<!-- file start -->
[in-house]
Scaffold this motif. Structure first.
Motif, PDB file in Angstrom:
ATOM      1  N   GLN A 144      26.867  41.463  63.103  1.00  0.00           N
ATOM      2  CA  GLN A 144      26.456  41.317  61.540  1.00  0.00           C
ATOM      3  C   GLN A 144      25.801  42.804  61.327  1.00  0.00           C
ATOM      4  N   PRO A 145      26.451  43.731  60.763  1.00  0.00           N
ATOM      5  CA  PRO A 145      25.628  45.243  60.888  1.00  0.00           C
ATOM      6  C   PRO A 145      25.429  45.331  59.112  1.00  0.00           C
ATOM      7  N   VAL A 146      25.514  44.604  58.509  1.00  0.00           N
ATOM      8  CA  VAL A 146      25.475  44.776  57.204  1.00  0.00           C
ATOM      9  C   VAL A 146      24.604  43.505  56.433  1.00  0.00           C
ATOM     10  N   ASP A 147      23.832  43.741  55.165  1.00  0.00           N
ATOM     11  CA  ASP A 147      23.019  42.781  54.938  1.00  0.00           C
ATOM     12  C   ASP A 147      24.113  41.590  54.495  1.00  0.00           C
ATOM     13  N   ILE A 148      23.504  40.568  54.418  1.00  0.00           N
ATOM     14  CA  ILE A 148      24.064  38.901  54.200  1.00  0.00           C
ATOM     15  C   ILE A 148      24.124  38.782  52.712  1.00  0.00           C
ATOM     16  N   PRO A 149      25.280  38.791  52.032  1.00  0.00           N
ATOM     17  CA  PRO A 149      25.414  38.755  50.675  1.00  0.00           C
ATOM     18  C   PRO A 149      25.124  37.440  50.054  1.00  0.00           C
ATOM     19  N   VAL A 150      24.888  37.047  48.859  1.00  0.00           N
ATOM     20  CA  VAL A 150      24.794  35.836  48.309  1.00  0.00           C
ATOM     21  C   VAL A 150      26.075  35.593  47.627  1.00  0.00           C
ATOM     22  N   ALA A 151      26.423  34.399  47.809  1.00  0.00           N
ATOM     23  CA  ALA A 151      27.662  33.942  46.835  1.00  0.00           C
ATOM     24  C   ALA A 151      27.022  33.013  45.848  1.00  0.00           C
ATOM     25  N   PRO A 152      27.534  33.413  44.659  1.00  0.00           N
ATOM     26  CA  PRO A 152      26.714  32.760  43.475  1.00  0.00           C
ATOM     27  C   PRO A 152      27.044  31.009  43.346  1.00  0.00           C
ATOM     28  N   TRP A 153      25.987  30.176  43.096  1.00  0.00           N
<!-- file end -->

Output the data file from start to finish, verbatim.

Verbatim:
[in-house]
Scaffold this motif. Structure first.
Motif, PDB file in Angstrom:
ATOM      1  N   GLN A 144      26.867  41.463  63.103  1.00  0.00           N
ATOM      2  CA  GLN A 144      26.456  41.317  61.540  1.00  0.00           C
ATOM      3  C   GLN A 144      25.801  42.804  61.327  1.00  0.00           C
ATOM      4  N   PRO A 145      26.451  43.731  60.763  1.00  0.00           N
ATOM      5  CA  PRO A 145      25.628  45.243  60.888  1.00  0.00           C
ATOM      6  C   PRO A 145      25.429  45.331  59.112  1.00  0.00           C
ATOM      7  N   VAL A 146      25.514  44.604  58.509  1.00  0.00           N
ATOM      8  CA  VAL A 146      25.475  44.776  57.204  1.00  0.00           C
ATOM      9  C   VAL A 146      24.604  43.505  56.433  1.00  0.00           C
ATOM     10  N   ASP A 147      23.832  43.741  55.165  1.00  0.00           N
ATOM     11  CA  ASP A 147      23.019  42.781  54.938  1.00  0.00           C
ATOM     12  C   ASP A 147      24.113  41.590  54.495  1.00  0.00           C
ATOM     13  N   ILE A 148      23.504  40.568  54.418  1.00  0.00           N
ATOM     14  CA  ILE A 148      24.064  38.901  54.200  1.00  0.00           C
ATOM     15  C   ILE A 148      24.124  38.782  52.712  1.00  0.00           C
ATOM     16  N   PRO A 149      25.280  38.791  52.032  1.00  0.00           N
ATOM     17  CA  PRO A 149      25.414  38.755  50.675  1.00  0.00           C
ATOM     18  C   PRO A 149      25.124  37.440  50.054  1.00  0.00           C
ATOM     19  N   VAL A 150      24.888  37.047  48.859  1.00  0.00           N
ATOM     20  CA  VAL A 150      24.794  35.836  48.309  1.00  0.00           C
ATOM     21  C   VAL A 150      26.075  35.593  47.627  1.00  0.00           C
ATOM     22  N   ALA A 151      26.423  34.399  47.809  1.00  0.00           N
ATOM     23  CA  ALA A 151      27.662  33.942  46.835  1.00  0.00           C
ATOM     24  C   ALA A 151      27.022  33.013  45.848  1.00  0.00           C
ATOM     25  N   PRO A 152      27.534  33.413  44.659  1.00  0.00           N
ATOM     26  CA  PRO A 152      26.714  32.760  43.475  1.00  0.00           C
ATOM     27  C   PRO A 152      27.044  31.009  43.346  1.00  0.00           C
ATOM     28  N   TRP A 153      25.987  30.176  43.096  1.00  0.00           N